Consequently, I nearly always find expensive, computer-assisted horror to feel implacabley anemic, like unknowingly drinking a diet soda or listening to Paul Ryan talk about an ethical issue. You can’t put your finger on exactly what’s missing, but your brain immediately registers an unmistakable and vital deficiency which makes the whole endeavor completely pointless. And that’s usually gonna be a detriment to a horror movie, which is gonna live or die on whether or not it can impact you at a gut level. Which brings us back to IT 2017, the movie I was supposedly writing about 50,000 words ago. Horror directors in particular -with their necessary technique rooted in tightly controlled image, editing, and mise-en-scene- are especially vulnerable to losing control of that kind of film craft when they cede so much power to animators, and that’s certainly in evidence here. There are maybe one or two sequences in IT 2017 that rise to the level of “scary” --one, a scene where a burnt torso pursues a kid through a dingy basement vault, was enough to get my heart racing a little-- but most falls somewhere closer to “cool,” in that it’s cool to watch a flagrantly unreal computerized clown body which is under no obligation to obey the laws of physics float around in front of some scared-looking kids. I definitely enjoy watching it, but it’s hard to argue it comes anywhere near actual horror.  



Still, while obviously you’d love to have pure, white-knuckled terror in your Stephen King killer clown demon movie... that failing, “cool” is a not-unwelcome substitute. There’s a moment where Pennywise the evil clown (in person played by an excellent Bill Skarsgård, THE DIVERGENT SERIES: ALLEGIANT****) starts crawling out of a slide show projection, RING-style. But here’s the thing, since he’s being projected on the wall, larger-than-life, when he emerges from the screen he’s a gigantic teeth-gnashing monster who can’t even fit his whole body into the tiny garage and has to awkwardly let his back half languish in 2-D. That is pretty cool, I have to acknowledge. You don’t get to see something like that in a horror movie very often, because who can afford it? It’s a highly enjoyable, and even exciting sequence.

            Not very scary, though.

            And I guess that’s kinda the thing with IT; It’s really a pretty good movie, all things considered. But it’s not all that great a horror movie, and I think it would really like to be. It definitely posits itself as a horror movie, and structures itself as a stately march from one fright set-piece to the next, so it’s a palpable disappointment that it so rarely lands an effective jolt, or even a sustained sense of dread.

Where it is surprisingly adept, oddly, is as an ensemble kids’ movie -- and that’s no small thing in itself. King is known as a horror writer, of course, but while his gift for scary ideas is usually at the forefront of people's’ conceptions of him as a writer, I’d be willing to argue that it’s his rock-solid gift for relatable characterization that really makes his stories work in a way that most other horror authors --Clive Barker, Lovecraft, Robert Bloch, etc-- either can’t manage or don’t see as important. Even a horror icon as untouchable as Poe was little interested in crafting relatable, likeable protagonists to menace with unholy nightmares; he was interested in intense, extreme psychological states, not characters we’d like to hang out with. But King is the polar opposite;***** he cares about his protagonists, on a personal level, and he does a surprisingly consistent job of ensuring his readers do, too. That strength in his writing has only sporadically made it to the big screen, and almost never to horror adaptations (STAND BY ME, THE GREEN MILE and THE SHAWSHANK REDEMPTION are probably the two best examples, though you could probably add SILVER BULLET to the list and maybe THE MIST to that list) but it is the secret foundation of IT 2017, and the thing that comfortably pushes the film from “decent enough killer clown flick” to “legitimately pretty good movie.”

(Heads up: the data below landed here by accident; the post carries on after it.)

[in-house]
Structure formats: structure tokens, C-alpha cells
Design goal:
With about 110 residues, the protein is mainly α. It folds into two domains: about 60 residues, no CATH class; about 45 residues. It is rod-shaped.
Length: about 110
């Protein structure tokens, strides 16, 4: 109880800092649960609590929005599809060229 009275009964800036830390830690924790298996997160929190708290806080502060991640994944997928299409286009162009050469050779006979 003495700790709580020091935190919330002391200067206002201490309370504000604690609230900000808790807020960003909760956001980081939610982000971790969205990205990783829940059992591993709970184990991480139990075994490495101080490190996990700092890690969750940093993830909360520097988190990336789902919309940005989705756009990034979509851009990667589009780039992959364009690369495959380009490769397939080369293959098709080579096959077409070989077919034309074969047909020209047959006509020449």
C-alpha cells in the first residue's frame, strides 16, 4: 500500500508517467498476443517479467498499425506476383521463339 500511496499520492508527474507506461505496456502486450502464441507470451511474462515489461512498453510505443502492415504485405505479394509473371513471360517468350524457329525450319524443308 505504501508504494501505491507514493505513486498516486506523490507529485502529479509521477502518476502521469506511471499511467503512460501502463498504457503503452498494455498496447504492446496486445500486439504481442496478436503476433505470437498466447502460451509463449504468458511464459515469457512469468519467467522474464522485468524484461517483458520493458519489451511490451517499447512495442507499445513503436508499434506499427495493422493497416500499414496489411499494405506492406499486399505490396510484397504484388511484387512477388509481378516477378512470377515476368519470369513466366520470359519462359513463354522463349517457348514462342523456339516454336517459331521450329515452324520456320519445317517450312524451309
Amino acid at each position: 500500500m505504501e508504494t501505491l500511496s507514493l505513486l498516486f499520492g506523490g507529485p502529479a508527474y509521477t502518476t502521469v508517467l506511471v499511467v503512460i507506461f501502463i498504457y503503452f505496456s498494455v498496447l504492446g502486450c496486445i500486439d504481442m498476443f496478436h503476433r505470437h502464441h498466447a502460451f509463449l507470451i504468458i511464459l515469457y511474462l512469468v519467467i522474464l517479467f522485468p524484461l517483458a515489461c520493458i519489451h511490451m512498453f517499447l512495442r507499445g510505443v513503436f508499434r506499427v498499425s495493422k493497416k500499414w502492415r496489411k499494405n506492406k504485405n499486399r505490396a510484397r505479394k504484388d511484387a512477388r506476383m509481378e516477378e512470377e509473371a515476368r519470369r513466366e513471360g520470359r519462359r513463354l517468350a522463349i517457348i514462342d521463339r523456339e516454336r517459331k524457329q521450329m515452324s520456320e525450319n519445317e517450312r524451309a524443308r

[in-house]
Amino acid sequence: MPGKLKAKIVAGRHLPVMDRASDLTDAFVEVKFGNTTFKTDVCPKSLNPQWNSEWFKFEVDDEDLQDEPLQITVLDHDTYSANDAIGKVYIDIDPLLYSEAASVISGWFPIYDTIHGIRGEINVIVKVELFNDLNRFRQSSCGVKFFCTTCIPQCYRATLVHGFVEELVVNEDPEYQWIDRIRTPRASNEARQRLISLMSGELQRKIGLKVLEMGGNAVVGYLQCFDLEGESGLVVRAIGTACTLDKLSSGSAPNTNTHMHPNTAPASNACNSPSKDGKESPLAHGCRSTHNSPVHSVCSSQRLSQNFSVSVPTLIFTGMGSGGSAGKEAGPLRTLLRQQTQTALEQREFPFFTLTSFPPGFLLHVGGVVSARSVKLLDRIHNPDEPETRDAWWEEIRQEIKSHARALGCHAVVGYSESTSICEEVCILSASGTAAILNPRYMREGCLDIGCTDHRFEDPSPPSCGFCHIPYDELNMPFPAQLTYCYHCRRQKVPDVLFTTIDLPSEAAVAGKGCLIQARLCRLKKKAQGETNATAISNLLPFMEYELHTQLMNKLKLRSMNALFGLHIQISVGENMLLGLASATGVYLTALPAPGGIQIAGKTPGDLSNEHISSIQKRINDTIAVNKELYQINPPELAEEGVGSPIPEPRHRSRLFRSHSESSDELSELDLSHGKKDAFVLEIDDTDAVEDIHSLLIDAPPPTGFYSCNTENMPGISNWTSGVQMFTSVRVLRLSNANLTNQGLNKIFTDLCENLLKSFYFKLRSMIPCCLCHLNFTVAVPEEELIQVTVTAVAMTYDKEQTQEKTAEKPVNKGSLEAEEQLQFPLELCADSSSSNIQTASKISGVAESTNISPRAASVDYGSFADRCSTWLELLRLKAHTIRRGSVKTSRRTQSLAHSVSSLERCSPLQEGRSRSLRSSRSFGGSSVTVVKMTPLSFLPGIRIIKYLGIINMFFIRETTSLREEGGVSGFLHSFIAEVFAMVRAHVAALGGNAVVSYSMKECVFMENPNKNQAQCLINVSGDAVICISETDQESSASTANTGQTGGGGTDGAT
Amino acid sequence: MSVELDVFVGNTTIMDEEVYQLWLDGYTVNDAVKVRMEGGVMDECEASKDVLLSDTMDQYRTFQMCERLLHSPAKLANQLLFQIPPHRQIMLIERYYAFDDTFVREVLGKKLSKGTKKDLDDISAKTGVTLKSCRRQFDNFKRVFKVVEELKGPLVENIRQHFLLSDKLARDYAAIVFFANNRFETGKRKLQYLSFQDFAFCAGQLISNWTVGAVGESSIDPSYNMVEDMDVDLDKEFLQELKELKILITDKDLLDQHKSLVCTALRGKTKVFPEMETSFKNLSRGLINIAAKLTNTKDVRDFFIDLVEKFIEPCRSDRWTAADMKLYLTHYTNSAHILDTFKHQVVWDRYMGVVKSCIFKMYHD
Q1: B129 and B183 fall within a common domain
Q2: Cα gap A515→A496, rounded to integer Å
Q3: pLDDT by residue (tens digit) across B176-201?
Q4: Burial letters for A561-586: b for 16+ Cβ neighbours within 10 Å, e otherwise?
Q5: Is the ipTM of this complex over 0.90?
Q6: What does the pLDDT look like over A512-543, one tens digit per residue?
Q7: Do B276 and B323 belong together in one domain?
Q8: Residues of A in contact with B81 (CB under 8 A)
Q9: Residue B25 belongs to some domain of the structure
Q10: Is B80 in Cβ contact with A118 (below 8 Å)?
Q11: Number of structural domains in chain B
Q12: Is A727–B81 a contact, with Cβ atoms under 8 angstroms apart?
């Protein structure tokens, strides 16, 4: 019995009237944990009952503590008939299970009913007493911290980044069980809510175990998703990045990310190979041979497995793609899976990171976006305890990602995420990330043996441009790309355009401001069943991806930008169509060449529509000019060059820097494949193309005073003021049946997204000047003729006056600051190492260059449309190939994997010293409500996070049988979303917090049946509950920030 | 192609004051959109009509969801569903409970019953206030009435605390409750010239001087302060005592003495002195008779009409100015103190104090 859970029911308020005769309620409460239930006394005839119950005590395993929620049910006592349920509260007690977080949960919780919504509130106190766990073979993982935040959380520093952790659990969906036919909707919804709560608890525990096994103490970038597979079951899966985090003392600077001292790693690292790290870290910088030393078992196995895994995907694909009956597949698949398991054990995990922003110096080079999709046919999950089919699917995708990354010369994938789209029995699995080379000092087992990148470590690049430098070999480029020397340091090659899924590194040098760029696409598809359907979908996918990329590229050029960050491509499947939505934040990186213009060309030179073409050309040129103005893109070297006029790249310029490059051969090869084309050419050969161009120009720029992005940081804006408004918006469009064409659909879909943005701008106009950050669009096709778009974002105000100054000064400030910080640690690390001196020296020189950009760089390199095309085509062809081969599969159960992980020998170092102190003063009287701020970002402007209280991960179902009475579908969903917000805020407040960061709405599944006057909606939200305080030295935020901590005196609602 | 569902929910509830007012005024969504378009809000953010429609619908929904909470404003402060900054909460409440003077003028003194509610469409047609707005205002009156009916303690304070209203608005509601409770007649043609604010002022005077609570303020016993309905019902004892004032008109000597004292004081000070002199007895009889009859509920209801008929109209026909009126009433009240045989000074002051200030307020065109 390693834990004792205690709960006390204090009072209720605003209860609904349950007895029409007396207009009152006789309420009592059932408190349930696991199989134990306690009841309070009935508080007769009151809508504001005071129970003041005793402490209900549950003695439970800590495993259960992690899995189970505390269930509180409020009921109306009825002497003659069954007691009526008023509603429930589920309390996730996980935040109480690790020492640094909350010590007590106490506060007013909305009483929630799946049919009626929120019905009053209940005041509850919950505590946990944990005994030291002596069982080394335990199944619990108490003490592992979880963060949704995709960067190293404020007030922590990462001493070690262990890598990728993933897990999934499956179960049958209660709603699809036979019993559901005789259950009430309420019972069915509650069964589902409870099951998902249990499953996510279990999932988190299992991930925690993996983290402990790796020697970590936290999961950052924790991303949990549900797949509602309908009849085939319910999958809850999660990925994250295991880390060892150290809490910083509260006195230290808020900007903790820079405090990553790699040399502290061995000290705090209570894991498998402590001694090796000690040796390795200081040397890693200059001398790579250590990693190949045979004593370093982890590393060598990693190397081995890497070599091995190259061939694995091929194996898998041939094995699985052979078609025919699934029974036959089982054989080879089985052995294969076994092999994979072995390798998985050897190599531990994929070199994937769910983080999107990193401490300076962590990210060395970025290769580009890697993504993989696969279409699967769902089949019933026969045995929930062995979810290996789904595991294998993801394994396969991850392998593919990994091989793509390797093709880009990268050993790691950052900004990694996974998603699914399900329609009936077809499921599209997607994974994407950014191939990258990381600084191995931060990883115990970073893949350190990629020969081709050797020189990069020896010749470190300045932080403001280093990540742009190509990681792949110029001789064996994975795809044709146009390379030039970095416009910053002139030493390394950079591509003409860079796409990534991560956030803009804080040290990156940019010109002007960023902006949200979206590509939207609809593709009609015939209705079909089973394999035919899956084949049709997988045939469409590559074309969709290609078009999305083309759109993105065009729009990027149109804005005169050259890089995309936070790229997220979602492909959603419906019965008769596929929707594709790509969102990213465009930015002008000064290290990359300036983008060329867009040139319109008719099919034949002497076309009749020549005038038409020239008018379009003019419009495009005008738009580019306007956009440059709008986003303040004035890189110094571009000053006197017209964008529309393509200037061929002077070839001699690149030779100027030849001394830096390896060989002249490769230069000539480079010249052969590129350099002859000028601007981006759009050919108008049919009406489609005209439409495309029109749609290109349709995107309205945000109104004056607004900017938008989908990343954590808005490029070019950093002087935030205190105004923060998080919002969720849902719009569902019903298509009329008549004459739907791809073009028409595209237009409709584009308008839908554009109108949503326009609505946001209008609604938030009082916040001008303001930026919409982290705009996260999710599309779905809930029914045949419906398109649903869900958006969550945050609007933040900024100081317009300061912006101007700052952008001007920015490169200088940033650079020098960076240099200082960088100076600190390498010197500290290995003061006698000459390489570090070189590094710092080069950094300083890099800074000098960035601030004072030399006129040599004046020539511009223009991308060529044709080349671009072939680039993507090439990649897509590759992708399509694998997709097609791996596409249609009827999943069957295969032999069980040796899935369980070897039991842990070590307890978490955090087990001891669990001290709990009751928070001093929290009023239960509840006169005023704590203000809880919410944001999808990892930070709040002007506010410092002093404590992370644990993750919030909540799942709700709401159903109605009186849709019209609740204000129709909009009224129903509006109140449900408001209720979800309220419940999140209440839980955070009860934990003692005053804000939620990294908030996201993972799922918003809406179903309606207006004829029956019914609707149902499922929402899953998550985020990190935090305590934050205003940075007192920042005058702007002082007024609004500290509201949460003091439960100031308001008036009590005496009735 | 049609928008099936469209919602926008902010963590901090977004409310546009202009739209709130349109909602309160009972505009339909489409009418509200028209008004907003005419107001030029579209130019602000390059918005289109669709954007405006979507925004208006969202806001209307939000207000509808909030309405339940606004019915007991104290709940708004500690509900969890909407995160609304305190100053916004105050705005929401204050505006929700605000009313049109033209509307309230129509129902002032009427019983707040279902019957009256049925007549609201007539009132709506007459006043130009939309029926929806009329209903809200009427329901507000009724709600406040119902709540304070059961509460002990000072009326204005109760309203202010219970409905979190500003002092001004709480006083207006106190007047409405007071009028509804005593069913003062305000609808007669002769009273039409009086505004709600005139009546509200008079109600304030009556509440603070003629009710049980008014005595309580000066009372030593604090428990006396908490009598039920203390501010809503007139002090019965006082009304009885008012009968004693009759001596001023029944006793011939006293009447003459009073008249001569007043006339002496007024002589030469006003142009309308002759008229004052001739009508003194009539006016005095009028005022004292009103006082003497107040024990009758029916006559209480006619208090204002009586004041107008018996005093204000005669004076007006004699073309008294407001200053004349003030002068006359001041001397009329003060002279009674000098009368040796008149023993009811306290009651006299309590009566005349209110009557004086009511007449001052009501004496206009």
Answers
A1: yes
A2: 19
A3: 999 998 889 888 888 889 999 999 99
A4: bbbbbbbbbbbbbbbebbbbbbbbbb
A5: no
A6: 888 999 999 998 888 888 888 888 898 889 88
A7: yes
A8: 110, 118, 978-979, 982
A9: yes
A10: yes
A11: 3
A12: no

At least as much as it is concerned with killer Clowns and/or Klowns (I don’t think it’s ever made specifically clear), the movie is interested in its seven protagonists, chiefly Bill (Jaeden Lieberher), Bev (Sophia Lillis), and Ben (Jeremy Ray Taylor), but also Ritchie (Finn Wolfhard), Stan (Wyatt Oleff), Eddie (Jack Dylan Grazer) and Mike (Chosen Jacobs), a group which makes up a loose gang known as the “Losers Club” (though the movie just barely touches on the last point). That is a lot of characters for any film to handle --even one with a comfortable 135 minutes to stretch out into-- and bear in mind, those are only the protagonists, and we’ll meet most of their parents, bullies, victimizers, classmates, and fellow citizens as well. So the fact that anyone leaves much of an impression is by itself somewhat miraculous, and amazingly, almost everyone manages to leave an impression. That’s partially an effect of the generous script, which is impressively nimble at giving each kid a rudimentary arc and at least one showpiece scene, but mostly a function of the director and the young actors’ confident proficiency at investing in the characters in more subtle, unspoken ways. With seven primary characters running around, that approach can only take you so far --the film is occasionally willing to substitute superficial characteristics as shorthand, which leaves Eddie as “The hypochondriac one” and poor Stan and Mike as “The Jewish one” and “the black one,” respectively--  but even in those cases, the film’s obvious broad affection for its characters and its clear eye towards the way they naturally organize and interact with each other, leave you with the unmistakable sense that you’re on of the gang. It’s a surprisingly rare thing in film, and IT can hold its own with the best of its competition, plus it has a killer clown.